Monday, May 17, 2010


I've never been to Norfolk but it's a place that literature has taken me to, twice. Firstly, in Ishiguro's heartbreaking Never Let Me Go (that's not a flippant assessment, it's one of the saddest books I've ever read (but don't let that put you off, it's stunning)), and recently in Graham Swift's Waterland. Norfolk it seems, is a sad land. Flat, barren, wet, cold and wild, and full of tragedy.

Waterland, set across a span of history from the 1800s, through to the 1980s, is an amazing book that deals with themes covering the family, childhood, work and love, and perhaps most grandly of all, the idea of history itself. Swift tells a tale interlinked by the history of the fens of Norfolk his forebears rise to prominence through land reclamation and ale brewing, his protagonist's childhood spent living with his father and mentally ill brother, and the repercussions the events of this time come to have on his later life, when he teaches history in the fear-of-nuclear-Armageddon obsessed world of the 1980s.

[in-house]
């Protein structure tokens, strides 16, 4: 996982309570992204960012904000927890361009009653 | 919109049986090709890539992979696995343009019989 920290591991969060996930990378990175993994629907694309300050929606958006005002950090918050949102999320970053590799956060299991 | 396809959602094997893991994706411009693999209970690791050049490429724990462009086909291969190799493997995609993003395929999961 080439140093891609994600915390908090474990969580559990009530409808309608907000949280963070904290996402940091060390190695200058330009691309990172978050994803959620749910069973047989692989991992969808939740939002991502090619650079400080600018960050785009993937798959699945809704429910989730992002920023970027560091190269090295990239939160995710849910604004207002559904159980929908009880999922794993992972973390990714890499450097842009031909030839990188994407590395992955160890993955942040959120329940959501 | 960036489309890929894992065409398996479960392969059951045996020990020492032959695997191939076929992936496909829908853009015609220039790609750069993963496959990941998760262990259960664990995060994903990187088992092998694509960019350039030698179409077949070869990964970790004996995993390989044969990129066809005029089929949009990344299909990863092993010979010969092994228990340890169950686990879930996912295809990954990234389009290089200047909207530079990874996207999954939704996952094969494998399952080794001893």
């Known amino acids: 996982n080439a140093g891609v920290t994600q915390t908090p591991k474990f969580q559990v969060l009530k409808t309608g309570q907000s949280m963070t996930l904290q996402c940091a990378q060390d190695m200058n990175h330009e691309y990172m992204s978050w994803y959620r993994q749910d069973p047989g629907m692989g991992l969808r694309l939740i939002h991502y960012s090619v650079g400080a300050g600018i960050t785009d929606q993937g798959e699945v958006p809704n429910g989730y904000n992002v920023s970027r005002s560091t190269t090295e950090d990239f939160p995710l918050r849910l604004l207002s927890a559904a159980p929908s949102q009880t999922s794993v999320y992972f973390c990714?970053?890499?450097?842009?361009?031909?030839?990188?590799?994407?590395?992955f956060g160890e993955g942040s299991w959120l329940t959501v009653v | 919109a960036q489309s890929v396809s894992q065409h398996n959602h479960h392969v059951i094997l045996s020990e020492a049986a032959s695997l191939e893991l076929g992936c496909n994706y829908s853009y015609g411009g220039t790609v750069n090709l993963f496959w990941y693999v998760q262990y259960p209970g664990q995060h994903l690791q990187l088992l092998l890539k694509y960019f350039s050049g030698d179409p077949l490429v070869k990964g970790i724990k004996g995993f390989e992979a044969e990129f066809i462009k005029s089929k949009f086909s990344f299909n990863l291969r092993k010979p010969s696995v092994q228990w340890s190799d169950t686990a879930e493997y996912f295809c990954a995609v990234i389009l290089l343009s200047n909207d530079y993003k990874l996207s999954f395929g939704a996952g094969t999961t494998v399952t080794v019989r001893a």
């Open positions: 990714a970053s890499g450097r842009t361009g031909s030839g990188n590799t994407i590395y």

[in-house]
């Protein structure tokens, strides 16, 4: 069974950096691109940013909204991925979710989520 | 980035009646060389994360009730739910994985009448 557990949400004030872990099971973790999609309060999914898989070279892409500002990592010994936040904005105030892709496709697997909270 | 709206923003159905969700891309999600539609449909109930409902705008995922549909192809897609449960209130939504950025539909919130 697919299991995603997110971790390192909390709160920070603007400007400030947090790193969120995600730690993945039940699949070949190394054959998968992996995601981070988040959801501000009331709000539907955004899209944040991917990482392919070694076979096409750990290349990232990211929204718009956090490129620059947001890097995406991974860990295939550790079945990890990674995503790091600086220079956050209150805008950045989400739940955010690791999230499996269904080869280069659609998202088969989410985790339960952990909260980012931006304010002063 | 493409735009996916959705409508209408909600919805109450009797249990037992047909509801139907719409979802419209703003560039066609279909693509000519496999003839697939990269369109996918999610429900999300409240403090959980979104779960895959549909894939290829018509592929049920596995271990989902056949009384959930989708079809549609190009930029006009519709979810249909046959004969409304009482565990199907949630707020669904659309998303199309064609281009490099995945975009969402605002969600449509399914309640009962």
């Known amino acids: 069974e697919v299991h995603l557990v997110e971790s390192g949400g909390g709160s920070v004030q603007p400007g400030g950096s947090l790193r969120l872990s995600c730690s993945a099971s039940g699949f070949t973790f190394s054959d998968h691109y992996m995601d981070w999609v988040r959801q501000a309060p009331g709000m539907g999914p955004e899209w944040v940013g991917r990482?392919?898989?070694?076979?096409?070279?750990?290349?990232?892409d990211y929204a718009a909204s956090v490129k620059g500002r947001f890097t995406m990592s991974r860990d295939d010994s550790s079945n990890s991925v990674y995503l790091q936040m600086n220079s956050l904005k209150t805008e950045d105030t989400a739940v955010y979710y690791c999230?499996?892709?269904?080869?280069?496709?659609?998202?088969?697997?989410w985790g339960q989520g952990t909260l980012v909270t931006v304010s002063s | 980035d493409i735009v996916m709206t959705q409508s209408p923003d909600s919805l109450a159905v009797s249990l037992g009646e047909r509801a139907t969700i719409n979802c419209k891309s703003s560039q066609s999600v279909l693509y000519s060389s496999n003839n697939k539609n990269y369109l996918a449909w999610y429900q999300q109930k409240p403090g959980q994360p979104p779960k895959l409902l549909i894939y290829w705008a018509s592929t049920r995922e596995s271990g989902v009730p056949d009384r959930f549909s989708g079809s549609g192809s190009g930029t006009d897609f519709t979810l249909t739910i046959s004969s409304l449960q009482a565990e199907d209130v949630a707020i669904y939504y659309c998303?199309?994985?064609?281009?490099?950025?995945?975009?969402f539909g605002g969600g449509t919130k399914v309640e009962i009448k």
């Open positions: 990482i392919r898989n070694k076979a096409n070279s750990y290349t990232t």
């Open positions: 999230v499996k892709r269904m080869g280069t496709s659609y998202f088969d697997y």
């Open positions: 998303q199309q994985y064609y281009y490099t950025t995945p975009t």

Swift was shorted listed for the Booker for this novel, but lost out to J. M. Coetzee Life & Times of Michael K. He subsequently did win with Last Orders in 1996 though, which was made into a film with Bob Hoskins, Helen Mirren and Michael Caine.

There's a film of Waterland too, made in 1992 and set in Pittsburgh (with flashbacks to Norfolk – phew). Reviews don't seem stunning but I would be intrigued to see if the film could in anyway capture the book's crushing sense of despair and futility that creeps along in the background, interspersed by moments of halcyon days of childhood, however fleeting they may be, before its gut-wrenching ending.

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